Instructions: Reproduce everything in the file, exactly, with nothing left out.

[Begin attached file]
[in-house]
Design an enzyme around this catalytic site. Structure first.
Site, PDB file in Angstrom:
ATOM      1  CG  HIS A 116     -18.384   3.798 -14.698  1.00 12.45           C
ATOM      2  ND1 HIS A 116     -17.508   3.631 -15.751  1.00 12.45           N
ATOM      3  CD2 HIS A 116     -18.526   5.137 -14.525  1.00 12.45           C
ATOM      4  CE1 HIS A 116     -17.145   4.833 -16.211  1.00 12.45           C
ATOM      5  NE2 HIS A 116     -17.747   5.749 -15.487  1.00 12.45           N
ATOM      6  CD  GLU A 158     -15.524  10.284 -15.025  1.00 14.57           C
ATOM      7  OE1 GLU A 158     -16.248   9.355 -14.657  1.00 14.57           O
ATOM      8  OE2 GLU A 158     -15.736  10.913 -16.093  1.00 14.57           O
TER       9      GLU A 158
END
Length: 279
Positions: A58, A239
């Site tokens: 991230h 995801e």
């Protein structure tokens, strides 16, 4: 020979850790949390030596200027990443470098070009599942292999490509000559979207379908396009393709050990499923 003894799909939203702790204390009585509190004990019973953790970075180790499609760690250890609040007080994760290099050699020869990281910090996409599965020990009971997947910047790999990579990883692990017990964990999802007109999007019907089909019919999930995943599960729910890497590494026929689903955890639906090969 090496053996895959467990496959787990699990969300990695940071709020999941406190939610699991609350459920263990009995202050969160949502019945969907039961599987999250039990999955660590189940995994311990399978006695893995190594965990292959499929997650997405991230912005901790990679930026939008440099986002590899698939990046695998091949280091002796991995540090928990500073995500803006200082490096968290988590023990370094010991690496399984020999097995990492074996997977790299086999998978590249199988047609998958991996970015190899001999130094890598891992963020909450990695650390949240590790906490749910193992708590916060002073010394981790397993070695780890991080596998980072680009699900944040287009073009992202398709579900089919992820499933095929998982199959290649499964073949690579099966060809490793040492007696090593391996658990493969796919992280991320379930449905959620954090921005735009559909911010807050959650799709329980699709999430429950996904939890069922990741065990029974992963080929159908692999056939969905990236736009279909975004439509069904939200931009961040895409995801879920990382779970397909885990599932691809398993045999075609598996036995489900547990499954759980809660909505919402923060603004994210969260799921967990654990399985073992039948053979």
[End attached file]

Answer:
[in-house]
Design an enzyme around this catalytic site. Structure first.
Site, PDB file in Angstrom:
ATOM      1  CG  HIS A 116     -18.384   3.798 -14.698  1.00 12.45           C
ATOM      2  ND1 HIS A 116     -17.508   3.631 -15.751  1.00 12.45           N
ATOM      3  CD2 HIS A 116     -18.526   5.137 -14.525  1.00 12.45           C
ATOM      4  CE1 HIS A 116     -17.145   4.833 -16.211  1.00 12.45           C
ATOM      5  NE2 HIS A 116     -17.747   5.749 -15.487  1.00 12.45           N
ATOM      6  CD  GLU A 158     -15.524  10.284 -15.025  1.00 14.57           C
ATOM      7  OE1 GLU A 158     -16.248   9.355 -14.657  1.00 14.57           O
ATOM      8  OE2 GLU A 158     -15.736  10.913 -16.093  1.00 14.57           O
TER       9      GLU A 158
END
Length: 279
Positions: A58, A239
């Site tokens: 991230h 995801e």
């Protein structure tokens, strides 16, 4: 020979850790949390030596200027990443470098070009599942292999490509000559979207379908396009393709050990499923 003894799909939203702790204390009585509190004990019973953790970075180790499609760690250890609040007080994760290099050699020869990281910090996409599965020990009971997947910047790999990579990883692990017990964990999802007109999007019907089909019919999930995943599960729910890497590494026929689903955890639906090969 090496053996895959467990496959787990699990969300990695940071709020999941406190939610699991609350459920263990009995202050969160949502019945969907039961599987999250039990999955660590189940995994311990399978006695893995190594965990292959499929997650997405991230912005901790990679930026939008440099986002590899698939990046695998091949280091002796991995540090928990500073995500803006200082490096968290988590023990370094010991690496399984020999097995990492074996997977790299086999998978590249199988047609998958991996970015190899001999130094890598891992963020909450990695650390949240590790906490749910193992708590916060002073010394981790397993070695780890991080596998980072680009699900944040287009073009992202398709579900089919992820499933095929998982199959290649499964073949690579099966060809490793040492007696090593391996658990493969796919992280991320379930449905959620954090921005735009559909911010807050959650799709329980699709999430429950996904939890069922990741065990029974992963080929159908692999056939969905990236736009279909975004439509069904939200931009961040895409995801879920990382779970397909885990599932691809398993045999075609598996036995489900547990499954759980809660909505919402923060603004994210969260799921967990654990399985073992039948053979």